A sixth myth is that you can protect biodiversity or even enhance it with livestock production. Even many environmental groups spout this dogma. Biodiversity by definition is preservation of NATIVE species in something approaching original distribution and numbers--allowing, of course, for natural population changes. You cannot be putting the majority of the forage into domestic animals and using the majority of the water in the West to grow livestock feed, without significantly impacting native species. Domestic animals are quite literally taking food, and water right out of the mouths of native species. Grass does not follow the cow. The forage and water pie is only so big. If the majority of these resources are allotted to domestic animals as is the case, then you significantly reduce the amount available to native species. Every cow on public or private lands is reducing the overall potential habitat for most NATIVE species from grasshoppers to bighorn sheep. This results in smaller, fragmented populations, ultimately reducing the long term viability of species.

Biodiversity preservation also requires preservation of natural evolutionary processes like wildfire and predation—both of which have been significantly reduced as a consequence of livestock production. Unfortunately this biological impoverishment has been going on so long, and is so pervasive, that most people are simply unaware of the degree that livestock has destroyed our native ecosystems.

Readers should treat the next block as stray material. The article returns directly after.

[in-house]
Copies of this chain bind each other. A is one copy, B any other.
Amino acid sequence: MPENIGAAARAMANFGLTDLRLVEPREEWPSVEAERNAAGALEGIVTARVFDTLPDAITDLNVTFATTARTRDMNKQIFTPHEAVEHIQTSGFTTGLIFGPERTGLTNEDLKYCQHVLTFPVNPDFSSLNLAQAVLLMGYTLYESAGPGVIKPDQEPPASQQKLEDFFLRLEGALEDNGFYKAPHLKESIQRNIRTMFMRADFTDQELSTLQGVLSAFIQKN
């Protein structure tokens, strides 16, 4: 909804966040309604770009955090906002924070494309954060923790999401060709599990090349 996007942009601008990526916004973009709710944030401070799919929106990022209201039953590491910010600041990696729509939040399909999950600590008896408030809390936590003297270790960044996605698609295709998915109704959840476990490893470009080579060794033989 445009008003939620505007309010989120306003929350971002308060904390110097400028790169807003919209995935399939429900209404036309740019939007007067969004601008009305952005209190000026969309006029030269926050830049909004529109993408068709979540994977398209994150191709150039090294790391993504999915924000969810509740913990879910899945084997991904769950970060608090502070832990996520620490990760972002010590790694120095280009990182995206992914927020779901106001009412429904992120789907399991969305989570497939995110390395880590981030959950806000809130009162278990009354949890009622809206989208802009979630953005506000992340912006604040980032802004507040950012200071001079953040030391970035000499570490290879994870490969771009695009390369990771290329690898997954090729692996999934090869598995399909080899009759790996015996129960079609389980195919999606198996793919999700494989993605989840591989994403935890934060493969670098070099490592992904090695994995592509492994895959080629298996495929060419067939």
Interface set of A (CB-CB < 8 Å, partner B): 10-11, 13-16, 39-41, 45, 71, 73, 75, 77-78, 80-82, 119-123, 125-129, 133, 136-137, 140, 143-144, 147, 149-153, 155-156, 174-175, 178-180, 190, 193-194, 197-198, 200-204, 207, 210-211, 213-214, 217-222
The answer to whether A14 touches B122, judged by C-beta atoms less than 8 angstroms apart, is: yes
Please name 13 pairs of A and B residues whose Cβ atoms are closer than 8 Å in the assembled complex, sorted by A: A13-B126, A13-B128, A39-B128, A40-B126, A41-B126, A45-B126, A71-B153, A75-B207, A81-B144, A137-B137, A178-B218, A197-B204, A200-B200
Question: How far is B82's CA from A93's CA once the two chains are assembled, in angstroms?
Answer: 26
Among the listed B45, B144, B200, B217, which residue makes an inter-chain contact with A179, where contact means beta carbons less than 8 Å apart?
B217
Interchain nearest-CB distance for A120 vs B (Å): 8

A seventh myth is that domestic animals, primarily cattle, have replaced native herbivores like the bison. Though cattle and bison have a common evolutionary ancestor, so do polar bear and black bear, yet we would not suggest that they use the landscape in the same way. Cattle evolved in moist woodlands in Eurasia and are not well adapted to arid landscapes. They use more water than bison, spend more time in riparian areas, and have been bred for lack of mobility. They are poorly adapted to arid western rangelands, hence one reason why domestic livestock grazing has been so detrimental to these ecosystems.


The eighth myth follows the previous one, arguing that since cows emulate bison, and since rangelands were obviously grazed in the past, then domestic livestock grazing cannot be detrimental. Some even take this a step further to suggest that rangelands "need" to be grazed.